*
*
Home
Help
Login
Register
Welcome, Guest. Please login or register.
August 16, 2022, 07:23:44 AM

Login with username, password and session length
Forum changes: Editing of posts has been turned off until further notice.
Search:     Advanced search
275647 Posts in 27717 Topics by 4285 Members Latest Member: - Jason DAngelo Most online today: 69 - most online ever: 565 (October 17, 2020, 02:08:06 PM)
Pages: [1]
Print
Author Topic: [Capes] Setting and Situation  (Read 4035 times)
Yokiboy
Member

Posts: 363


WWW
« on: January 30, 2007, 06:01:08 PM »

Hello,

I'm on my first read-through of Capes, and have a question. Does the game come with a setting or the tools to create one, I can't find this addressed in the book? Second, does the game cover coming up with a good starting situation? I can't find that either.

The closest thing I find to Setting and Situation is the Comics Code, but it doesn't quite cover what I'm after.

TTFN,

Yoki
Logged

TonyLB
Moderator
Member
*
Posts: 3702


WWW
« Reply #1 on: January 30, 2007, 06:57:36 PM »

Does the game come with a setting or the tools to create one, I can't find this addressed in the book? Second, does the game cover coming up with a good starting situation? I can't find that either.
It does not provide either of those things.  About the closest it comes it talking about how to build a network of Exemplar relationships, which tends (in my experience) to be a way to populate the world.  But making a gritty, crime-ridden city vs. a paragon of utopian ideals?  Nah.  There's nothin' there.
Logged

Just published: Capes
New Project:  Misery Bubblegum
Yokiboy
Member

Posts: 363


WWW
« Reply #2 on: February 01, 2007, 01:04:40 AM »

Thanks for confirming this. I think the Extended Rules for Things, Phenomena, Locations and Situations could be used very well while coming up with a setting and situation for playing Capes. Creating the games setting and situation should definitely include designing a couple of inanimate characters.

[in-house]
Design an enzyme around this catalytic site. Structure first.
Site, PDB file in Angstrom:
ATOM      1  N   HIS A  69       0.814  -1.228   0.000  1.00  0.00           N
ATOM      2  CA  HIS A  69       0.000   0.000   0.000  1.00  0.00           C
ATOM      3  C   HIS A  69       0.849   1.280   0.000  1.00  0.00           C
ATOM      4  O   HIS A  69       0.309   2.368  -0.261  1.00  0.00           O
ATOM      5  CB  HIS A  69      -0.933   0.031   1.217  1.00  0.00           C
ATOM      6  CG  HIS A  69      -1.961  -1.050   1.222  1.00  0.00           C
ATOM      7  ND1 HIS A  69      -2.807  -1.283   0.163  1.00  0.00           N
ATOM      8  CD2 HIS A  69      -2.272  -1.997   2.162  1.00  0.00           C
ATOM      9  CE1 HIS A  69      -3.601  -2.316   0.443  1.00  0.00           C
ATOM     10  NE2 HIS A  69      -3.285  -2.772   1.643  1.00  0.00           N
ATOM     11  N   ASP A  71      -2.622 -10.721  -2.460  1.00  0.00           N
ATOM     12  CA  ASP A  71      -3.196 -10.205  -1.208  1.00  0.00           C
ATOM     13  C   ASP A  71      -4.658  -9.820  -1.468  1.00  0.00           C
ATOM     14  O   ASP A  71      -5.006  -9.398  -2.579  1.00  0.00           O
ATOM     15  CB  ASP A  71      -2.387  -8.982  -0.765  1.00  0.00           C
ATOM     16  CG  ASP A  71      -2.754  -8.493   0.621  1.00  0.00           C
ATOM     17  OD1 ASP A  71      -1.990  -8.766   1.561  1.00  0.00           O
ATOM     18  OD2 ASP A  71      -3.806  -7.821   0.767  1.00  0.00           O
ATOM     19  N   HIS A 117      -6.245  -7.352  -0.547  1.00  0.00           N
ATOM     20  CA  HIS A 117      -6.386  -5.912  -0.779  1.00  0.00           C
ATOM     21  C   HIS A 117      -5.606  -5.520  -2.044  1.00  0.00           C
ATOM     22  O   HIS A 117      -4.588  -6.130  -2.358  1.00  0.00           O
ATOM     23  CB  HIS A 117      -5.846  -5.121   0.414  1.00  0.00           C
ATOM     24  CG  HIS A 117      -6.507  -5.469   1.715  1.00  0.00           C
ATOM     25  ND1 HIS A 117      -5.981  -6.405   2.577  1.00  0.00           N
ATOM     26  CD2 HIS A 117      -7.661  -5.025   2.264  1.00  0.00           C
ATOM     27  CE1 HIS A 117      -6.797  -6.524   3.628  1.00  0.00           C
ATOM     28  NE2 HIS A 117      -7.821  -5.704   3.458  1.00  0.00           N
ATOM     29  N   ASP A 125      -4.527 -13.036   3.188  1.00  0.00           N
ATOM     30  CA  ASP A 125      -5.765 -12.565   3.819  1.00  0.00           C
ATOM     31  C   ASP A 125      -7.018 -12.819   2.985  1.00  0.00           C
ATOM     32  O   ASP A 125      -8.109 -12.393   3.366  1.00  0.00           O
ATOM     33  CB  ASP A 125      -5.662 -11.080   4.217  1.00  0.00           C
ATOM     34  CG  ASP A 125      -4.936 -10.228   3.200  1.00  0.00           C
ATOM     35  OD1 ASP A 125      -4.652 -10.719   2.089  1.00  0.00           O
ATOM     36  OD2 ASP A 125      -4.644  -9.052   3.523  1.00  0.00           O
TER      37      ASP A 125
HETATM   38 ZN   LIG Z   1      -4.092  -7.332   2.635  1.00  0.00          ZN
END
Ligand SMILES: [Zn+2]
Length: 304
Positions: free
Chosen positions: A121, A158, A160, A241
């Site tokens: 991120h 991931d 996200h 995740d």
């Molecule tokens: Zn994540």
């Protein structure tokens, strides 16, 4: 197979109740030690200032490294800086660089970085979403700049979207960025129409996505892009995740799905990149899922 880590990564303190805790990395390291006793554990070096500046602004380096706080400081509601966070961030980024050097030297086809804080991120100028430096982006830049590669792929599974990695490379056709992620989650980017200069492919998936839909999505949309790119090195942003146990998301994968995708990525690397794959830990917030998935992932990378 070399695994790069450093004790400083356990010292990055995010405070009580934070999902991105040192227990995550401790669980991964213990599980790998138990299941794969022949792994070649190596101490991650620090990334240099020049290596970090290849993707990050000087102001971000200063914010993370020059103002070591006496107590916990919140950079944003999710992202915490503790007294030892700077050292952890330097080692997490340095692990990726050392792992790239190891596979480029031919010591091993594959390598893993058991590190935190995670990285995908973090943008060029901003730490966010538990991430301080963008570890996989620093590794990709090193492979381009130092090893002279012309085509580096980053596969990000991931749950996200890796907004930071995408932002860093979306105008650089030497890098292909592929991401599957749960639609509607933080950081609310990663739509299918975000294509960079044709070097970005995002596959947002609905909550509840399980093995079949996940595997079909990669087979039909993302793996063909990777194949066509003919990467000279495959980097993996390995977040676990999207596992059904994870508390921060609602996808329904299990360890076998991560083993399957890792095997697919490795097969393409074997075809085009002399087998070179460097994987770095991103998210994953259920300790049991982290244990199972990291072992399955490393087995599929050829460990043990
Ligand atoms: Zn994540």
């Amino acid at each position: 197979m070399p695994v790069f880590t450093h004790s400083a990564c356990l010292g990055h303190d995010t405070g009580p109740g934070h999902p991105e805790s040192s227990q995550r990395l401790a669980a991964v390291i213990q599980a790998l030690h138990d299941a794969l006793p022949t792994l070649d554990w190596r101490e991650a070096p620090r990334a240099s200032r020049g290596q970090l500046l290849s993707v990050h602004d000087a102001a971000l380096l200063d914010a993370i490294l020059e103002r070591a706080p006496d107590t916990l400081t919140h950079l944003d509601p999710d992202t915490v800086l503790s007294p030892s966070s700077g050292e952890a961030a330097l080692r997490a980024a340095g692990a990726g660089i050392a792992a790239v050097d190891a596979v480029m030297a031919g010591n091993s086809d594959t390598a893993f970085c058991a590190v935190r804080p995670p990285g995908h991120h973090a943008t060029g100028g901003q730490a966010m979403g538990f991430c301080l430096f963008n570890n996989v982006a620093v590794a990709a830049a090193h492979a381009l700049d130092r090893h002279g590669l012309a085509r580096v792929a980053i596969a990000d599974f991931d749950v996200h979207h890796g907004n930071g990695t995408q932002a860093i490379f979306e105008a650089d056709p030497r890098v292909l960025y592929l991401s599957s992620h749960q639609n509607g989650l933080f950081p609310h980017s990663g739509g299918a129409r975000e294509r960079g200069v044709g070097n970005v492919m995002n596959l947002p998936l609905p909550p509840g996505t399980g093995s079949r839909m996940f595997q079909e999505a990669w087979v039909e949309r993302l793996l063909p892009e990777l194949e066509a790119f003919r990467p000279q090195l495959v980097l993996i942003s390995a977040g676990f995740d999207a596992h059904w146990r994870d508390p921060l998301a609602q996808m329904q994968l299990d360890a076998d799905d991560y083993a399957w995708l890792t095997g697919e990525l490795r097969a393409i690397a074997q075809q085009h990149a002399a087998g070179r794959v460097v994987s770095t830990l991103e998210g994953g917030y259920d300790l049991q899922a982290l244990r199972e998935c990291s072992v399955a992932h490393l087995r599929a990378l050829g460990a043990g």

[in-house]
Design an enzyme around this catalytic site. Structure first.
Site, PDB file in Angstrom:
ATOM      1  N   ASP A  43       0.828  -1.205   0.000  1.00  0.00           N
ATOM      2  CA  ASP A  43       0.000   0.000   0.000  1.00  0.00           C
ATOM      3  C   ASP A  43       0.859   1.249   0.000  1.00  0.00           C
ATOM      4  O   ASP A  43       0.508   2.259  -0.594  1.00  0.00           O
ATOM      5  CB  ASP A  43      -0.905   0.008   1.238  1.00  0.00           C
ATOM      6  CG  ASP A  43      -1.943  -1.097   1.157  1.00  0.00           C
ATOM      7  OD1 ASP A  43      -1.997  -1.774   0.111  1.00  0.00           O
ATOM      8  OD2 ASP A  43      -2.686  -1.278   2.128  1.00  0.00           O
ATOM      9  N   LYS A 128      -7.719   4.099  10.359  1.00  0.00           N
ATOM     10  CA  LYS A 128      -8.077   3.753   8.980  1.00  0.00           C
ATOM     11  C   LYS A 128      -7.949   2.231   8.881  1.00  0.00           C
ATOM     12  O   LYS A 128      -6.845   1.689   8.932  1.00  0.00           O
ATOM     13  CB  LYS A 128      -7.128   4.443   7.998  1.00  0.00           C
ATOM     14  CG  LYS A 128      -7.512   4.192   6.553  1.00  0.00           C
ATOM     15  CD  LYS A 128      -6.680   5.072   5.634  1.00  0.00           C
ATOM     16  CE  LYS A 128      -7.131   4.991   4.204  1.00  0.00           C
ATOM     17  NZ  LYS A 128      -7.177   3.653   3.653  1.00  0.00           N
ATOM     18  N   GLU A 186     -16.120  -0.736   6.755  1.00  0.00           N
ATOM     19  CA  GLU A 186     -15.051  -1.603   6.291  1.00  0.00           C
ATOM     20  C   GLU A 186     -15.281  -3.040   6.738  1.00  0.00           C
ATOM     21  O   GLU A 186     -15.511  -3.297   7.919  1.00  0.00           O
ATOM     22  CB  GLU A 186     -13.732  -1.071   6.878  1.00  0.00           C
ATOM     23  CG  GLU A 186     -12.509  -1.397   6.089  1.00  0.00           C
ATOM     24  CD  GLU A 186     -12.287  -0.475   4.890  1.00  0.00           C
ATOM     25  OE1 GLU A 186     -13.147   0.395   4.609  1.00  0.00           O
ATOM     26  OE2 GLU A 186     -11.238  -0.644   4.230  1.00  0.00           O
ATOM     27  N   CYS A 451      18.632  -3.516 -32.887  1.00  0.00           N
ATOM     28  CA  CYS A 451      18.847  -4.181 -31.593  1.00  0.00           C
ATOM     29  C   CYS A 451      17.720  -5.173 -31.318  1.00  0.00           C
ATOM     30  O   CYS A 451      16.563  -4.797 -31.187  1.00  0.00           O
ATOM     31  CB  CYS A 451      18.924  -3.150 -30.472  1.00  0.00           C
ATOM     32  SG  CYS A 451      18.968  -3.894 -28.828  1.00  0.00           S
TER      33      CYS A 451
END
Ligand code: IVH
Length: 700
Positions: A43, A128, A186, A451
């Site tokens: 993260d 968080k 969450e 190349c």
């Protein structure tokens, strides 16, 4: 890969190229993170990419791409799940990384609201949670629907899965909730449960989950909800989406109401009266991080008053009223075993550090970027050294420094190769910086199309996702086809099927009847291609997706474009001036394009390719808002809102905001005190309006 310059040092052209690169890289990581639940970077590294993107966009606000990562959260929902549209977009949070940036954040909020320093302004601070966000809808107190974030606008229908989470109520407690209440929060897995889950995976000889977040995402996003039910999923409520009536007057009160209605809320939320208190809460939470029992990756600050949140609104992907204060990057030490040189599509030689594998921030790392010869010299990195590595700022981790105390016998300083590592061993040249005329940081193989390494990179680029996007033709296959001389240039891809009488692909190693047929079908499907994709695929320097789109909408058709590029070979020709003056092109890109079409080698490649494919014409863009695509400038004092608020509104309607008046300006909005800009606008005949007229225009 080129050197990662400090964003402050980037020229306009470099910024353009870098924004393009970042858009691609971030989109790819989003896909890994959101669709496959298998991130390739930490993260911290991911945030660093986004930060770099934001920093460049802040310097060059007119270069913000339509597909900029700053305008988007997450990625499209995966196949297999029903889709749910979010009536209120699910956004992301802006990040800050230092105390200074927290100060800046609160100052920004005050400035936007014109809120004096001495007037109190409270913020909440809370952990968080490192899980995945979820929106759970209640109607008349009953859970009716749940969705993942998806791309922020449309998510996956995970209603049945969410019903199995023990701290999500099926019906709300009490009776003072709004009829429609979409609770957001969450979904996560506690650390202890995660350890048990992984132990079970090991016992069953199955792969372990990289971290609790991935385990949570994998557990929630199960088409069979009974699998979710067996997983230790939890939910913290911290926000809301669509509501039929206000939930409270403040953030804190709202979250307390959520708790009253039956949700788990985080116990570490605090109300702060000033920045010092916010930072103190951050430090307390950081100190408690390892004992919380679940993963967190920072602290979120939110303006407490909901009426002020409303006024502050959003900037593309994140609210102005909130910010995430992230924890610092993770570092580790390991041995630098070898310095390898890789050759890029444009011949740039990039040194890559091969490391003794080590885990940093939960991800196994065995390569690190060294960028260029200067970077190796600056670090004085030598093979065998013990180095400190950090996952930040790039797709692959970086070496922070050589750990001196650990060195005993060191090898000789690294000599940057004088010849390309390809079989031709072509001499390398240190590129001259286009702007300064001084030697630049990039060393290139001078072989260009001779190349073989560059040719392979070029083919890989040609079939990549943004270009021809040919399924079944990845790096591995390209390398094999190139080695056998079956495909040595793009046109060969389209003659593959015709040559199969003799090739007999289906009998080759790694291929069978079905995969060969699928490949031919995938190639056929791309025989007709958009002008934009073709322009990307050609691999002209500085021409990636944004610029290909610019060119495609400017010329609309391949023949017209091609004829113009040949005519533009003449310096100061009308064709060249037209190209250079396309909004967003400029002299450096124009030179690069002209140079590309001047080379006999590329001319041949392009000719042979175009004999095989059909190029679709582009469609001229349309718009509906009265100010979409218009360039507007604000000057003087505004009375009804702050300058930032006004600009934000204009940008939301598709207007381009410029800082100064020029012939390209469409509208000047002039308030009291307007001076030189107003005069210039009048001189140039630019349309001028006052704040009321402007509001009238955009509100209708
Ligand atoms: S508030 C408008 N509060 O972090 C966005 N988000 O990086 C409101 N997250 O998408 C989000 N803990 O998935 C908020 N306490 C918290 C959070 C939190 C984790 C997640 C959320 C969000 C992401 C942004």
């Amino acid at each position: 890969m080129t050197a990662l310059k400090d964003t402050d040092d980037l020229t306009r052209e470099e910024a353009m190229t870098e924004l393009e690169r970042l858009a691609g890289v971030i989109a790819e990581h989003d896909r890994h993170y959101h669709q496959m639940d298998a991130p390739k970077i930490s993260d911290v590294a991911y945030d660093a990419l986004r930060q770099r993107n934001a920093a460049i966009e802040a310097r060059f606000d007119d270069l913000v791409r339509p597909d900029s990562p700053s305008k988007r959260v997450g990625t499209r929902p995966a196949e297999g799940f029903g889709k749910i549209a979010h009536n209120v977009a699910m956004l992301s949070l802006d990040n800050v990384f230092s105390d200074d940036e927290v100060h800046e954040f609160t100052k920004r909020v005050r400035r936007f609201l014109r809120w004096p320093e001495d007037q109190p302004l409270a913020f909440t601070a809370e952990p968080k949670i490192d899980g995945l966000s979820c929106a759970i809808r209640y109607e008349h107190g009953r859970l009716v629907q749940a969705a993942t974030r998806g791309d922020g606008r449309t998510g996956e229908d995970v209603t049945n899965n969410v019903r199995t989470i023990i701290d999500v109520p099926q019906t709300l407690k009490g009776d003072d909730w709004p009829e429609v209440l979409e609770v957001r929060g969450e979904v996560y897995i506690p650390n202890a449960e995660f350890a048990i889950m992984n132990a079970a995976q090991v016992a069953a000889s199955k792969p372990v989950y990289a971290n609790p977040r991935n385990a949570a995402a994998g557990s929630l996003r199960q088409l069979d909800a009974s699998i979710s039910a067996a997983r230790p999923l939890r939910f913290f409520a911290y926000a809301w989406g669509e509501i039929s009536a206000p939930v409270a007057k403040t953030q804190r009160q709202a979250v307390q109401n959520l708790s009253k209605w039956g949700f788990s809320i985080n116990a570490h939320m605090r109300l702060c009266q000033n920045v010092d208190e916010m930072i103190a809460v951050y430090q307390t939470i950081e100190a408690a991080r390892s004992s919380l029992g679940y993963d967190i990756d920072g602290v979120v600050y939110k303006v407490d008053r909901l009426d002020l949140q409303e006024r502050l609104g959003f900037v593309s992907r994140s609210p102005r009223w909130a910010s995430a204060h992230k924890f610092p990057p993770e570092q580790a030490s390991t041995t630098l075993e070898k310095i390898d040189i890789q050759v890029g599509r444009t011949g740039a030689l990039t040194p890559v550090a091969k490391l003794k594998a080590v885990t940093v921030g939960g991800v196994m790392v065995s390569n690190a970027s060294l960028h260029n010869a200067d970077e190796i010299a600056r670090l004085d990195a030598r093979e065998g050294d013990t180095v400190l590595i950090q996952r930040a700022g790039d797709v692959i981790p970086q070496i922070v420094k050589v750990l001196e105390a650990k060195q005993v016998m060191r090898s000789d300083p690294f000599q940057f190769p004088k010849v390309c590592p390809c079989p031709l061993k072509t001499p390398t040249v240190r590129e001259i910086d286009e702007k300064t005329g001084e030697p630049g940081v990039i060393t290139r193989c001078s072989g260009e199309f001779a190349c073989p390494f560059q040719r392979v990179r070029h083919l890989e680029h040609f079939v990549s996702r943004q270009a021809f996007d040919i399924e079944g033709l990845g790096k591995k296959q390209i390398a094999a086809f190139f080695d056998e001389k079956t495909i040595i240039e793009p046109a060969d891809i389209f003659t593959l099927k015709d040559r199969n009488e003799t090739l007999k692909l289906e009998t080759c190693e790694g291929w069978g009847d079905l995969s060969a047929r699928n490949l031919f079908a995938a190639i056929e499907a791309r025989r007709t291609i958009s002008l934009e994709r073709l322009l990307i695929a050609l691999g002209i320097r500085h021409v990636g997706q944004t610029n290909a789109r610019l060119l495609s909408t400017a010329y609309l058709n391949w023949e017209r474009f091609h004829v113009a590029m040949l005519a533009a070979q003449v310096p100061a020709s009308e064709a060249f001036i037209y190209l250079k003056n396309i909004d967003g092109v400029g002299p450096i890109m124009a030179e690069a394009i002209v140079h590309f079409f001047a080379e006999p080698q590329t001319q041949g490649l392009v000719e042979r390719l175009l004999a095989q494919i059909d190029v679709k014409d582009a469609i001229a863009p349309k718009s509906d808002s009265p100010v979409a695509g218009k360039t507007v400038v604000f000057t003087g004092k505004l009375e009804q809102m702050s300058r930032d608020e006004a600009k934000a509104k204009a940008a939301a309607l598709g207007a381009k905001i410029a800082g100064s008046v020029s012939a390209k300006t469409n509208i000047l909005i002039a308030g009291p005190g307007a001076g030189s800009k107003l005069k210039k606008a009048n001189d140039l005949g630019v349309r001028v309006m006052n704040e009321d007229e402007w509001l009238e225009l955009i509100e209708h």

Capes intrigues me very much, but I've had a hard time reading it. Everytime I give it another try it gets me very excited to give it a go though. Hopefully running the demo will help me grok it, and get my gaming group interested in it.

TTFN,

Yoki
Logged

James_Nostack
Member

Posts: 642


« Reply #3 on: February 01, 2007, 05:19:27 PM »

Hi Yoki, in my experience Capes is a lot more fun if you spend 30 minutes brainstorming the type of setting/situation you have in mind. 

If you're familiar with Marvel Comics, almost all of their magazines in the early 1960's are really just "__________ with superpowers & costumes."  Like, the early Spider-Man comics are teen romance comics with powers; the Fantastic Four is a science-fiction story with powers; Thor is a fantasy series with powers.  This understanding of genre can be a big help, because in Capes there's no way for the players to say "Nope, what you just narrated is stupid and didn't happen."  Coming to an agreement on tone, style, and setting isn't required, but I have found that it will help the game run smoothly.
Logged

--Stack
Yokiboy
Member

Posts: 363


WWW
« Reply #4 on: February 02, 2007, 01:09:41 PM »

That makes sense James, it is what I usually do with my game group when playing games without an explicit setting and/or situation.

I've been a Marvel fan since I was a little boy in the mid to late 70s. I think my biggest hurdle in getting Capes on the gaming table is my friends indifference for superhero comics.

TTFN,

Yoki
Logged

Pages: [1]
Print
Jump to:  

Powered by MySQL Powered by PHP Powered by SMF 1.1.11 | SMF © 2006-2009, Simple Machines LLC
Oxygen design by Bloc
Valid XHTML 1.0! Valid CSS!